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When I wake up, I bet I heard my mom yelling at me for sleeping in. But then the reality takes over my dreams. Mom's not here. The reality hits like a stab in the stomach. All I can do is take it in.
My roommate greets me with a grin in the kitchen. Some Spanish show is blaring on the TV. My dishes are still in the sink. Those have been there for so long because no one has told me to do the dishes. I sigh turning on the faucet. Growing up is all about responsibilities.
It's not doing your dishes because you'll lose your access to wifi for an entire day otherwise. It's doing it because you won't have anything to eat from otherwise.
Waking up early is not about pleasing your mother and giving her a reason to let you go out. It's about running errands that your life literally depends on.
Curfews are not for your parents to stop worrying about your safety, but you worrying about yours.
Having a job is not about saving money, it's about spending it.
I curse myself for choosing to grow up so fast all the while doing my grown up responsibilities.
"Oh, I'm going out to the party tonight. You coming?" My roommate shouts to make herself audible over the noise from the TV.
"Heck, yeah," I say.
Did I mention growing up is having fun and being free?
An abstract sculpture of bones, donned with brown skin. He was inferior, he was deemed under. He was but a drizzle of the wrong paint, which ruined the vast canvas of the world, transforming pastel and bright dyes into a cool grey.
His father was young and broken, mended with the cheapest quality of cellotape, left half-stuck by the ever-coming, ever-leaving women, women whose eyes glowered , stashing their secrets in the hook of their garter belts. His father, though, would look upon him with a shadow of a faint smile, and a flame in his eyes, like sunlight shining through Dom's whiskey.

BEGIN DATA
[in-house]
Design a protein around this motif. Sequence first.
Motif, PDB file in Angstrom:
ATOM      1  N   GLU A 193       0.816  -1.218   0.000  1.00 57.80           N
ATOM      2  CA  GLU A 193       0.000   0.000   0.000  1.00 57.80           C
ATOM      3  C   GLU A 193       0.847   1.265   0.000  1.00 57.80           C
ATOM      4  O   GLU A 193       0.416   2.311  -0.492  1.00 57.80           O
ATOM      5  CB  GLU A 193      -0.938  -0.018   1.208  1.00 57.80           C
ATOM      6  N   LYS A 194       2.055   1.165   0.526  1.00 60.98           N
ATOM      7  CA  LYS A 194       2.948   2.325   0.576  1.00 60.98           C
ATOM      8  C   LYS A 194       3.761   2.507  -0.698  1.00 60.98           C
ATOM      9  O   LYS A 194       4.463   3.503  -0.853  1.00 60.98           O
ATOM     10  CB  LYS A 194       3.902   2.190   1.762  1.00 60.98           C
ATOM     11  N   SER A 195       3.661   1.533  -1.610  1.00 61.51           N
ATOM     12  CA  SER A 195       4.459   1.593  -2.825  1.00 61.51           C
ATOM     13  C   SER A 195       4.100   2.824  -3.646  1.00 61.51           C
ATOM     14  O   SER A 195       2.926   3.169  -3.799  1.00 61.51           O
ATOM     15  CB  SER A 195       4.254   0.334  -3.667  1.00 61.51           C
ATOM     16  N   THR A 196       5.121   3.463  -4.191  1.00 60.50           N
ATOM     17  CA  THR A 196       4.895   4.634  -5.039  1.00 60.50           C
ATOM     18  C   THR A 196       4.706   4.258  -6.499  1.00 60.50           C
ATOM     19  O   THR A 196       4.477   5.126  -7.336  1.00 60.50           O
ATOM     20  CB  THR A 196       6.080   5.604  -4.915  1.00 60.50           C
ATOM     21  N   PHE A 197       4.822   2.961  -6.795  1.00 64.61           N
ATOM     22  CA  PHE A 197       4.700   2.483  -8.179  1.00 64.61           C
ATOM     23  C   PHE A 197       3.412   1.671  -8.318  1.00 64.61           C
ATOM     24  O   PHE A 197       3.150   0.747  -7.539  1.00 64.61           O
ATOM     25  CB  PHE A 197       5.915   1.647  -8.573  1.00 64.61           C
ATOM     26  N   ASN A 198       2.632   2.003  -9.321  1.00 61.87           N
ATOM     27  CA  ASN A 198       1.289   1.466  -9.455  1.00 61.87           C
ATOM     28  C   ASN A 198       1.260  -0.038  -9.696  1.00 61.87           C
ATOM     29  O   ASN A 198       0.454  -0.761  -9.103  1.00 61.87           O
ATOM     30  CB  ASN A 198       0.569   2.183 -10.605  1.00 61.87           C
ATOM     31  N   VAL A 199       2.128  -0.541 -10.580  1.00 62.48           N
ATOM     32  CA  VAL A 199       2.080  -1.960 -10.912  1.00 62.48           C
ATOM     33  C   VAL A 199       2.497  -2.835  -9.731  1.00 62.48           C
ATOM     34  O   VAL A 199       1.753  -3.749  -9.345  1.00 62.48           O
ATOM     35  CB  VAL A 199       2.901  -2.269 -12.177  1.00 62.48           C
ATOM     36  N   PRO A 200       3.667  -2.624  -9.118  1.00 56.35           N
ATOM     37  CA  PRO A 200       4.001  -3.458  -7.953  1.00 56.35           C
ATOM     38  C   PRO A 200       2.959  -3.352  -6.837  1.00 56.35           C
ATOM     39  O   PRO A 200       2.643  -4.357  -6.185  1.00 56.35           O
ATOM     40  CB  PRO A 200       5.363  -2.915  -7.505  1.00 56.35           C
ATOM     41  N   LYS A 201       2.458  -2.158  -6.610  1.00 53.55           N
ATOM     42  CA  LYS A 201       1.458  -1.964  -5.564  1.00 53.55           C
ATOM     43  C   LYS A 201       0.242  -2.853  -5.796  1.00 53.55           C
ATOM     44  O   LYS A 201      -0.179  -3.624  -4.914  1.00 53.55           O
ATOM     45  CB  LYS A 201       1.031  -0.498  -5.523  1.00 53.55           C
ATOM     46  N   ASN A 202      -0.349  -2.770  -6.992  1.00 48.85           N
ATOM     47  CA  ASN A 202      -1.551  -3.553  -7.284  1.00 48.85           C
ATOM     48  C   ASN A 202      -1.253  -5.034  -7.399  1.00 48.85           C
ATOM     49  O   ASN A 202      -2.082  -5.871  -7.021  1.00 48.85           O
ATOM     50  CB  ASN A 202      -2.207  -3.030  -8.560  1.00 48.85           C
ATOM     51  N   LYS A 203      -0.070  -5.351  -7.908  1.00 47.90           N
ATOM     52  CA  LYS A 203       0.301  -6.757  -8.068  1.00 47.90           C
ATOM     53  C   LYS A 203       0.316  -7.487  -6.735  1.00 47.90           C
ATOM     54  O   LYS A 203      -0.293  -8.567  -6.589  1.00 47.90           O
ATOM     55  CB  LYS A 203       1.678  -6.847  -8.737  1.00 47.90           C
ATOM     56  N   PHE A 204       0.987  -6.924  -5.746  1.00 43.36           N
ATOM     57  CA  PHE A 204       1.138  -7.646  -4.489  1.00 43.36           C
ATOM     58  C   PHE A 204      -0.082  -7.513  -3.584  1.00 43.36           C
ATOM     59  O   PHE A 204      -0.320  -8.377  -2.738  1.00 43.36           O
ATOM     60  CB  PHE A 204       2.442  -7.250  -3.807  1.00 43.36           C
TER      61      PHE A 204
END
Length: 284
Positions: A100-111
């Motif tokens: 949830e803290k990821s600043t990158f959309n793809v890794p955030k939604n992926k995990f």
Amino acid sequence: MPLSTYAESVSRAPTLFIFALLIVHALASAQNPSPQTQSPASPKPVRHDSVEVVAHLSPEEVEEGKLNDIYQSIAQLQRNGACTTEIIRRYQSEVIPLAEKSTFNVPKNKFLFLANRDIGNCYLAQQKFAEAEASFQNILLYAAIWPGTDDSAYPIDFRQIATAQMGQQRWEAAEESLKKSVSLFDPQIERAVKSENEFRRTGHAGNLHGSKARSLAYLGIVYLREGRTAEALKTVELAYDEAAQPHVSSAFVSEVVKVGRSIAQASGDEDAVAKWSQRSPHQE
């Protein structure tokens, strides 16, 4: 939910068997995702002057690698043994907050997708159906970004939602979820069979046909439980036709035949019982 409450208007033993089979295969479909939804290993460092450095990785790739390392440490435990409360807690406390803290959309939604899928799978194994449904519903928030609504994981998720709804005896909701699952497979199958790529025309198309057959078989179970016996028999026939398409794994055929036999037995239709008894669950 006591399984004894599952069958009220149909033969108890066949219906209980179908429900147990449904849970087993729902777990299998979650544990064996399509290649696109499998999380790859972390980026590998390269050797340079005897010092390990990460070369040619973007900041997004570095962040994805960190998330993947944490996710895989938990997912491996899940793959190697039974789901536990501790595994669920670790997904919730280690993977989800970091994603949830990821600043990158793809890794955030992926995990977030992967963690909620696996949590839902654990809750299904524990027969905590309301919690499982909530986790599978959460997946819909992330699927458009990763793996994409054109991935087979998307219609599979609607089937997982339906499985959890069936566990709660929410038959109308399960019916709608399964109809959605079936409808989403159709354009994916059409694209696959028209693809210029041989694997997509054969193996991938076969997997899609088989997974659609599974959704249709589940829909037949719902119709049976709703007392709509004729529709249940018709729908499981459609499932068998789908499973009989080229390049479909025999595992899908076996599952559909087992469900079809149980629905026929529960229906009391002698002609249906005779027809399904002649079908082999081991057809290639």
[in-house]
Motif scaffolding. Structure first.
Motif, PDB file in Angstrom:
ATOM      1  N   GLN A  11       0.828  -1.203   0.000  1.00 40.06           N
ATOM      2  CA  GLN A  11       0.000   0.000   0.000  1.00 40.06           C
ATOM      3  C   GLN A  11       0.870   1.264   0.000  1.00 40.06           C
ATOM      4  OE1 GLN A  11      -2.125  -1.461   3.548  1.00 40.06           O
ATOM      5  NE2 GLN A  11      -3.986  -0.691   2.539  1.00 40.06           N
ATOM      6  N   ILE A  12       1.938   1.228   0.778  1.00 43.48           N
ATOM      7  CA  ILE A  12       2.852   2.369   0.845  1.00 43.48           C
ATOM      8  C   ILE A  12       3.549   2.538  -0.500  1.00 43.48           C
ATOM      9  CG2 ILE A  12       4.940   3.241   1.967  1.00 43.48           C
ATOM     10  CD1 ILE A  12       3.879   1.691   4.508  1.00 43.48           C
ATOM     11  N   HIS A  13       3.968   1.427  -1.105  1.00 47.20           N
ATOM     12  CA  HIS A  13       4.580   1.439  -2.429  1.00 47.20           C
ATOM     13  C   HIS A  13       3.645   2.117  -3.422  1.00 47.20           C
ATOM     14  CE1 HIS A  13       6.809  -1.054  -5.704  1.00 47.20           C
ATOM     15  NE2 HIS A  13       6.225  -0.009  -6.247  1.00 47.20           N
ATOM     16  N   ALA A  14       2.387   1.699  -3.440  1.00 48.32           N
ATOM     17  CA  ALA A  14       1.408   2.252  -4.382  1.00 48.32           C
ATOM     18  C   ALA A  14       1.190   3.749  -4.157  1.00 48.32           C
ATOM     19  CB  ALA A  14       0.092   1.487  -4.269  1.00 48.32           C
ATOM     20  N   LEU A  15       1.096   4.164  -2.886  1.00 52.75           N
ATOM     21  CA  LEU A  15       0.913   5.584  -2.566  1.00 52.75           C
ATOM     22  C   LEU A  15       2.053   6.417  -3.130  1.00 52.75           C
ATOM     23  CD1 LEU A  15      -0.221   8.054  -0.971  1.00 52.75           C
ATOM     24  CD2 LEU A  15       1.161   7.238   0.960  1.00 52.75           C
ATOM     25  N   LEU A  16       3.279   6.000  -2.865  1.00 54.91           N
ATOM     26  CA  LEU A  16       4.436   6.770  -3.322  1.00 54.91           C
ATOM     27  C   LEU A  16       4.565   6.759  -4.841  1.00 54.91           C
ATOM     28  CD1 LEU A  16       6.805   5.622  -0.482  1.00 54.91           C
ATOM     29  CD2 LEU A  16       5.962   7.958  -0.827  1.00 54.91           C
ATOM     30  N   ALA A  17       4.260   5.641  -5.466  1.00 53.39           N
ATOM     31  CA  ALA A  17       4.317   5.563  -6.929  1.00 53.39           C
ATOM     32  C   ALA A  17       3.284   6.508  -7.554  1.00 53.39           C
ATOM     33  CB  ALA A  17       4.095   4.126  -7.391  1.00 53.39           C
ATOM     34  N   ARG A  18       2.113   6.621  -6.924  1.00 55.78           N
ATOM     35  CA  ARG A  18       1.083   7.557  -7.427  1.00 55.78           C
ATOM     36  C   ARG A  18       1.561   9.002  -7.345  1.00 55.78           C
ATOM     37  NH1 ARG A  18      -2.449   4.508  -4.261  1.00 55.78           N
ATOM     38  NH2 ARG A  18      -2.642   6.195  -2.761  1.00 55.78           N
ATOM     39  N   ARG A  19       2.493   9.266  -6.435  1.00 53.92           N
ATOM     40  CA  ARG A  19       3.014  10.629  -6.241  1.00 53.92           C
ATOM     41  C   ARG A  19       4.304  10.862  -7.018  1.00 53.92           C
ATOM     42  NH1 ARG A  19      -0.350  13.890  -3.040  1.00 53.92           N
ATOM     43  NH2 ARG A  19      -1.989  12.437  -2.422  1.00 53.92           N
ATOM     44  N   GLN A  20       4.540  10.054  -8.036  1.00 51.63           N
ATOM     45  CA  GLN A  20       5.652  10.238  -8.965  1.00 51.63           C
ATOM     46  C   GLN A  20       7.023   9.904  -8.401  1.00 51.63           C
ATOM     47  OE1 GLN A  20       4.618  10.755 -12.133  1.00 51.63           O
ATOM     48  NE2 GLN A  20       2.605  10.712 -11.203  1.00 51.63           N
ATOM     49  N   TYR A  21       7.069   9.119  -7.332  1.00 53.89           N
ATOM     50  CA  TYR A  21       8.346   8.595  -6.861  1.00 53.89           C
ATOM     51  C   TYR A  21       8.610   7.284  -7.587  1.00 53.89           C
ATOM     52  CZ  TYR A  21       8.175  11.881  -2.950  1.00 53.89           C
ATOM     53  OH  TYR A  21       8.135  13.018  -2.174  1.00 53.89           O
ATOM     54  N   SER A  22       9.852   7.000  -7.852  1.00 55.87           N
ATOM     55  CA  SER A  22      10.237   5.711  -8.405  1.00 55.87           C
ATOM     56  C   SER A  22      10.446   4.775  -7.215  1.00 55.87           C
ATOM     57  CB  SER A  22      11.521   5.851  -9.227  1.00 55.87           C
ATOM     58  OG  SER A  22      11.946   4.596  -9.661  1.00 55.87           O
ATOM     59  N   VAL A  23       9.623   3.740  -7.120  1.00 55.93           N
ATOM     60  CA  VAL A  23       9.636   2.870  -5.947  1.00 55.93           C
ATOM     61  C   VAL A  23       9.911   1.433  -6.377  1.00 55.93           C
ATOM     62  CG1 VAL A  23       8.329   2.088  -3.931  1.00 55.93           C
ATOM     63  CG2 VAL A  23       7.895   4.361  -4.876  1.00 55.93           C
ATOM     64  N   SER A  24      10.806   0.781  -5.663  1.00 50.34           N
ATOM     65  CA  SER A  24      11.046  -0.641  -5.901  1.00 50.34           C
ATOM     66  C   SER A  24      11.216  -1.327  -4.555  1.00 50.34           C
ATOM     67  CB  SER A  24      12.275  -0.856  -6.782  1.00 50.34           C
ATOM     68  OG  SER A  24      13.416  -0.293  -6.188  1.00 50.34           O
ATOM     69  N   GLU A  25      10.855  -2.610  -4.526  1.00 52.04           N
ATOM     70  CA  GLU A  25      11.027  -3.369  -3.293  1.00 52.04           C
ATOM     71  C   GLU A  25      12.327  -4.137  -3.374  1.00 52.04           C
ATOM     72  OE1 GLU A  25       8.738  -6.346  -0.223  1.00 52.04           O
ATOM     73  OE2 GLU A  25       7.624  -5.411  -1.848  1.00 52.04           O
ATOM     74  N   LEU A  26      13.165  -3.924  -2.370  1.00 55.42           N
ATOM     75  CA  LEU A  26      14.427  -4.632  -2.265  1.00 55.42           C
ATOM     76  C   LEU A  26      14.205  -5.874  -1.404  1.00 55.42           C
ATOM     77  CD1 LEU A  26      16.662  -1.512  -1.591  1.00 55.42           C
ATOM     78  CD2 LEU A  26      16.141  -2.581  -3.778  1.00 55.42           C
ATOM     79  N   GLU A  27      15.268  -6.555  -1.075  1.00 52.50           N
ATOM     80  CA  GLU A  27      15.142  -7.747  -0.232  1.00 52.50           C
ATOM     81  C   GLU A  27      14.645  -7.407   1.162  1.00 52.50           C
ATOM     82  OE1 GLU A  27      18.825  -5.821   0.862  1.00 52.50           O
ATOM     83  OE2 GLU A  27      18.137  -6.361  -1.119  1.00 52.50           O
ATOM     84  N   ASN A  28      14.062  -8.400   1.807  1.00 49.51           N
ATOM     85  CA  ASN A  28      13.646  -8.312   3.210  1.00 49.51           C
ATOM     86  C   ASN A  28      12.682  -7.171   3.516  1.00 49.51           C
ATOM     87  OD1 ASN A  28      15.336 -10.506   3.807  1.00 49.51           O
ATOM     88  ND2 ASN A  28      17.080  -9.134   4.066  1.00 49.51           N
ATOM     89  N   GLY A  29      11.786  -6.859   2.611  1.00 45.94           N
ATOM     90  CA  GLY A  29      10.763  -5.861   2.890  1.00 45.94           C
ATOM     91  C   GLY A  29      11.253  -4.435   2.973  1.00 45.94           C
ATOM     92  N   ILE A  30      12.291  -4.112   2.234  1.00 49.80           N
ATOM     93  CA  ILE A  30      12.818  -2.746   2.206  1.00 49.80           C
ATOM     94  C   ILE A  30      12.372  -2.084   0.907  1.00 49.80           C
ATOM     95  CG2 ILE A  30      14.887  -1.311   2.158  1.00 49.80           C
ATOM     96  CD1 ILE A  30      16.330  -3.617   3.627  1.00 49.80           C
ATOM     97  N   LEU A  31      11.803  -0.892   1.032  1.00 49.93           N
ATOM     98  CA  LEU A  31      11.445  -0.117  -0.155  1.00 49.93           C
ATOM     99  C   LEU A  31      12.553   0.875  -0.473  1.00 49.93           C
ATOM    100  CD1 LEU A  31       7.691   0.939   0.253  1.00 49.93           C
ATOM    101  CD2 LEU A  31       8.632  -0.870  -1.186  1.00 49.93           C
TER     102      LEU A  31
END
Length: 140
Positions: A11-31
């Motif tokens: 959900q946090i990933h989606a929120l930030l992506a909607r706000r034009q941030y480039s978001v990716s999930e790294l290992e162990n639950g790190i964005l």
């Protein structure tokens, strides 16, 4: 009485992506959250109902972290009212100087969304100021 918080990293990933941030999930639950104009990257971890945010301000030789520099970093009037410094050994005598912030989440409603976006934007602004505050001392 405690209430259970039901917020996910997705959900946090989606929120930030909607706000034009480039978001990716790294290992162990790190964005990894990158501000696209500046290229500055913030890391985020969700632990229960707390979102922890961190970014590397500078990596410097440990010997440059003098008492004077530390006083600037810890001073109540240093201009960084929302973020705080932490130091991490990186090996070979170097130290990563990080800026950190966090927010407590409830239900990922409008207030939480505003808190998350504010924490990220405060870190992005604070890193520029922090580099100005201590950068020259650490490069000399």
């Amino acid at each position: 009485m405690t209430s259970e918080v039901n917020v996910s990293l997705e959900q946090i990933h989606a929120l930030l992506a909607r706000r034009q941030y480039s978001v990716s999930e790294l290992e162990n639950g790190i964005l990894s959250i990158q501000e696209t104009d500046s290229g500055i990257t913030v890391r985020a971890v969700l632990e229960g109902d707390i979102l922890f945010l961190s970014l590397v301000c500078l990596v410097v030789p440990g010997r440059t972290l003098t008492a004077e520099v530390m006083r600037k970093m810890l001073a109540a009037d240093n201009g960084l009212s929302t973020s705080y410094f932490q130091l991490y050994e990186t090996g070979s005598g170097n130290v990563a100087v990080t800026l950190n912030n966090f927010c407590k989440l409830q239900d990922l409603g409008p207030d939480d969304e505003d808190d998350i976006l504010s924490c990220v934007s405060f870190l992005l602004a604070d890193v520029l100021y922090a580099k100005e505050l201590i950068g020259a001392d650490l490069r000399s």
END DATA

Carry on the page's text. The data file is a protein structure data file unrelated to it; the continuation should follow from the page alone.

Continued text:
His sister, pretty and wholesome, cracking like a porcelain doll, would purchase cassettes and bury them in the deep creases of her mother's dress. Her hair, splayed with black, mirrored his forlorn face as he looked upon it. Her, as she twirled daintily to the fortes of rock and mimicked the sax at the zenith of a blues tune. She described herself to be rain,frequent and limited, vital and ignored. She would be like raindrops on the dry verandah, crackling like an old radio coming to life.
He would hold her honeyed hand, and walk through the lanes of the favela, and the asphalt streets of Providence, to protect her. He would tower over the lust of weathered men, who've done their time, the cry of the desperate, the acts of the criminals.
Nonetheless, she would return to her father, holding his dark hand, promising a tomorrow. He would watch from behind drapes and sigh.He would play tunes on a kitchen knife, a true actor in melancholic comedy. He was made of forged steel, but steel, after all, attracts. He was a mere magnet, he enticed all, he was enticed by all. He was ruined by all.
I love you with my aura, placing it about you like the deepest star-filled sky. Space and time have no meaning for my love, for it is boundless, eternal. It is a love that self-sustains through even the meanest of winters, its own heat and light being the warmth, the hope. Even if you were cold to the core, my love, I would wake you like the spring wakes a flower and watch you grow, watch you bloom. Everything that I am is yours... all I ask is that you take care of yourself in the same way you would care for a person you love completely, in the same way I love you.